Thanks for the detailed reply. Really appreciate it.
Whatever be the Prof’s estimate of intrinsic value via DCF, the intrinsic value via the Dilution Method would still be similar. It doesn’t matter what the estimate is, 200, 275, 150, or any other value. I get that.
I want to make my limited point though:
Given any intrinsic value arrived at by the Prof (or anyone else), if the company is able to issue shares at a much higher level (in this case, the market price for the shares is higher than the Prof’s estimate), the Prof’s estimate of intrinsic value will have to be revised upwards (in my opinion). That is, he will have under-estimated the value per share originally.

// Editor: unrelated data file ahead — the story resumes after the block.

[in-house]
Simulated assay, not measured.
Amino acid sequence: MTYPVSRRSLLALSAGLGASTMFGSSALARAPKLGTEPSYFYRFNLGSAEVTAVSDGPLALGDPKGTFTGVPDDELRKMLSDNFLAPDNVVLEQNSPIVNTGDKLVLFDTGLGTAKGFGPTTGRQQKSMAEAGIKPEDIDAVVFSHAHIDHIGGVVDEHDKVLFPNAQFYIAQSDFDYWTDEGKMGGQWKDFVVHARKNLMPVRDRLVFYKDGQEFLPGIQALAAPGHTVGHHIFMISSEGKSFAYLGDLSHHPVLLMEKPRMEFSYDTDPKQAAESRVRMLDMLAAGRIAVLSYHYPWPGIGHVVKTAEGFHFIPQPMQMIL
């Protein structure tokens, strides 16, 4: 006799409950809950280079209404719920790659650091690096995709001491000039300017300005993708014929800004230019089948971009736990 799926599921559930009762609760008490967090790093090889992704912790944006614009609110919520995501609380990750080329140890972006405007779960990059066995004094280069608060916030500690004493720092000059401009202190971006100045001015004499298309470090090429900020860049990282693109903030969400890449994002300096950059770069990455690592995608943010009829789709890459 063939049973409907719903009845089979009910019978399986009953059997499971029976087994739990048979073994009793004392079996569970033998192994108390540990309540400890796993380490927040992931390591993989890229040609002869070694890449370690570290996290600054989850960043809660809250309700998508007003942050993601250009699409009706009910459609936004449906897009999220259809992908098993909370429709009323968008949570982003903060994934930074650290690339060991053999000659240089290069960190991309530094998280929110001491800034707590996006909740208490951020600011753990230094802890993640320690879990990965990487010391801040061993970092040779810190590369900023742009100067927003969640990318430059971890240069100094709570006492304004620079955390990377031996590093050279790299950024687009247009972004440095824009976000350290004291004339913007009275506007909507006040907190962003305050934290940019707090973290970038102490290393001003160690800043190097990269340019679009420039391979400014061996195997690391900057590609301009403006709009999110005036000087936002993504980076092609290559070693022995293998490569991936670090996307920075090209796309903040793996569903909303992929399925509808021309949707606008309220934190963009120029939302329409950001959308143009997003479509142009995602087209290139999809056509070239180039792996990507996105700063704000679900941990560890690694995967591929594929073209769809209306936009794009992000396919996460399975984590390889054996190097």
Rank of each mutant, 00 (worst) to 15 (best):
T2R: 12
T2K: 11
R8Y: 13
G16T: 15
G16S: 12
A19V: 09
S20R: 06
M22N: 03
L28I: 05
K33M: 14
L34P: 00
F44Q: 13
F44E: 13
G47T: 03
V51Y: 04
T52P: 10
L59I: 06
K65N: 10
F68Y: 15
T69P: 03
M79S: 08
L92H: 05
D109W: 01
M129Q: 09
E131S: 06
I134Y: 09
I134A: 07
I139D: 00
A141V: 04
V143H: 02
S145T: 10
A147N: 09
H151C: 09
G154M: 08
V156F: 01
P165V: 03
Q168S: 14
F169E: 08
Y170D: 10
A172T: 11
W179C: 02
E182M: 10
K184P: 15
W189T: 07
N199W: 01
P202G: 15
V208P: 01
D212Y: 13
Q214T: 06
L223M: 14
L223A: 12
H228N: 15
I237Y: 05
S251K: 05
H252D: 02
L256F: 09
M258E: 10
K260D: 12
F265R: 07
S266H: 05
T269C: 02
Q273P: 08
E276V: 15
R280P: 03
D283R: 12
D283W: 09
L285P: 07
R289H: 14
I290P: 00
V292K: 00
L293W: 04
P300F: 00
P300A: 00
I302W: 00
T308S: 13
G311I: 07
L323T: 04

The same logic applies in case the company has to issue shares at a lower price than the Prof’s estimate. In this case, the Prof’s estimate will have to be revised downwards. That is, (in hindsight) he will have over-estimated the value per share originally.
Hence, I think his statement in the article is wrong.
“If Tesla is able to issue shares at a higher price (than its intrinsic value), we will have over estimated the value per share, and if it has to issue shares at a price lower than its intrinsic value, we will have under estimated value.”
As I said, I understand what he is trying to say (I have been reading his work since years), but the above sentence doesn’t make sense to me. That is my limited point.